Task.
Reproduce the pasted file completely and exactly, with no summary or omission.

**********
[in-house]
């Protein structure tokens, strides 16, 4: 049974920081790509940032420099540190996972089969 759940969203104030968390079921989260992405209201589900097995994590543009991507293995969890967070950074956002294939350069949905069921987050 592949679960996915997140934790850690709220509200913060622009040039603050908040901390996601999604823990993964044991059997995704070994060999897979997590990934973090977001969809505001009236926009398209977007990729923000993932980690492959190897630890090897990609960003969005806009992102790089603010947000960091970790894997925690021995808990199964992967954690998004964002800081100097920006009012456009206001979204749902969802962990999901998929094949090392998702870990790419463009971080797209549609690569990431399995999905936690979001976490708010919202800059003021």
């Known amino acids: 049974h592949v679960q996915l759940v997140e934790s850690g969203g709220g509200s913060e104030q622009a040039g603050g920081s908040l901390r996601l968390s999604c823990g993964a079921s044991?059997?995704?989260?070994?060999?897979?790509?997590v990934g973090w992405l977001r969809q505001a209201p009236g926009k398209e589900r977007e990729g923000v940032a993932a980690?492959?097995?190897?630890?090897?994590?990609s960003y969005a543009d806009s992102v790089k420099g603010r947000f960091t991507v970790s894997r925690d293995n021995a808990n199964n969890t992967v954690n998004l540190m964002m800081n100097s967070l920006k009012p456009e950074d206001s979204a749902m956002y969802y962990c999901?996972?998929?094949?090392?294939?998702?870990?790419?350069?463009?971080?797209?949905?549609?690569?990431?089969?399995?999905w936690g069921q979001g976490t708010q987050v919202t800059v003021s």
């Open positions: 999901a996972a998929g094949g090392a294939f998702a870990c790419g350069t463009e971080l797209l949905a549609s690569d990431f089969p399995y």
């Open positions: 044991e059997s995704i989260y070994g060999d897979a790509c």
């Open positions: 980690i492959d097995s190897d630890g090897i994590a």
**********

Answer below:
[in-house]
């Protein structure tokens, strides 16, 4: 049974920081790509940032420099540190996972089969 759940969203104030968390079921989260992405209201589900097995994590543009991507293995969890967070950074956002294939350069949905069921987050 592949679960996915997140934790850690709220509200913060622009040039603050908040901390996601999604823990993964044991059997995704070994060999897979997590990934973090977001969809505001009236926009398209977007990729923000993932980690492959190897630890090897990609960003969005806009992102790089603010947000960091970790894997925690021995808990199964992967954690998004964002800081100097920006009012456009206001979204749902969802962990999901998929094949090392998702870990790419463009971080797209549609690569990431399995999905936690979001976490708010919202800059003021």
């Known amino acids: 049974h592949v679960q996915l759940v997140e934790s850690g969203g709220g509200s913060e104030q622009a040039g603050g920081s908040l901390r996601l968390s999604c823990g993964a079921s044991?059997?995704?989260?070994?060999?897979?790509?997590v990934g973090w992405l977001r969809q505001a209201p009236g926009k398209e589900r977007e990729g923000v940032a993932a980690?492959?097995?190897?630890?090897?994590?990609s960003y969005a543009d806009s992102v790089k420099g603010r947000f960091t991507v970790s894997r925690d293995n021995a808990n199964n969890t992967v954690n998004l540190m964002m800081n100097s967070l920006k009012p456009e950074d206001s979204a749902m956002y969802y962990c999901?996972?998929?094949?090392?294939?998702?870990?790419?350069?463009?971080?797209?949905?549609?690569?990431?089969?399995?999905w936690g069921q979001g976490t708010q987050v919202t800059v003021s």
């Open positions: 999901a996972a998929g094949g090392a294939f998702a870990c790419g350069t463009e971080l797209l949905a549609s690569d990431f089969p399995y």
């Open positions: 044991e059997s995704i989260y070994g060999d897979a790509c």
């Open positions: 980690i492959d097995s190897d630890g090897i994590a």